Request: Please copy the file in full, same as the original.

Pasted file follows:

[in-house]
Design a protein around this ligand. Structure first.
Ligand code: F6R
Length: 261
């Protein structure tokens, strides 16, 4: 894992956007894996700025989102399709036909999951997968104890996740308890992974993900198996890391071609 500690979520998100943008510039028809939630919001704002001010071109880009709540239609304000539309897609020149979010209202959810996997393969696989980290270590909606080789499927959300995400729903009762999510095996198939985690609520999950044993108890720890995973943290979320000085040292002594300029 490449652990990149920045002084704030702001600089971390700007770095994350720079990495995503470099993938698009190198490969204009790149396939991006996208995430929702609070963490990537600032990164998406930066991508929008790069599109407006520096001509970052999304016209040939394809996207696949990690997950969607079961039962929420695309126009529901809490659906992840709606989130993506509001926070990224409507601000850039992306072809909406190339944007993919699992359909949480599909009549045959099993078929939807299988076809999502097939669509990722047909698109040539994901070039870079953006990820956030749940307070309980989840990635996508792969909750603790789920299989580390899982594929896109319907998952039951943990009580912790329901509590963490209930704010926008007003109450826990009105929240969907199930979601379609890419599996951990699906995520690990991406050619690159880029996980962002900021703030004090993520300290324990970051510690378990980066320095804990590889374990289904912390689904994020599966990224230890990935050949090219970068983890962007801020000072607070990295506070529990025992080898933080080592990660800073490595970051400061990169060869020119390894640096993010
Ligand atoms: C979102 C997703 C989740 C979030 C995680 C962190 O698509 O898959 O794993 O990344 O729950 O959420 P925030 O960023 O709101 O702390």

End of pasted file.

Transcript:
[in-house]
Design a protein around this ligand. Structure first.
Ligand code: F6R
Length: 261
């Protein structure tokens, strides 16, 4: 894992956007894996700025989102399709036909999951997968104890996740308890992974993900198996890391071609 500690979520998100943008510039028809939630919001704002001010071109880009709540239609304000539309897609020149979010209202959810996997393969696989980290270590909606080789499927959300995400729903009762999510095996198939985690609520999950044993108890720890995973943290979320000085040292002594300029 490449652990990149920045002084704030702001600089971390700007770095994350720079990495995503470099993938698009190198490969204009790149396939991006996208995430929702609070963490990537600032990164998406930066991508929008790069599109407006520096001509970052999304016209040939394809996207696949990690997950969607079961039962929420695309126009529901809490659906992840709606989130993506509001926070990224409507601000850039992306072809909406190339944007993919699992359909949480599909009549045959099993078929939807299988076809999502097939669509990722047909698109040539994901070039870079953006990820956030749940307070309980989840990635996508792969909750603790789920299989580390899982594929896109319907998952039951943990009580912790329901509590963490209930704010926008007003109450826990009105929240969907199930979601379609890419599996951990699906995520690990991406050619690159880029996980962002900021703030004090993520300290324990970051510690378990980066320095804990590889374990289904912390689904994020599966990224230890990935050949090219970068983890962007801020000072607070990295506070529990025992080898933080080592990660800073490595970051400061990169060869020119390894640096993010
Ligand atoms: C979102 C997703 C989740 C979030 C995680 C962190 O698509 O898959 O794993 O990344 O729950 O959420 P925030 O960023 O709101 O702390």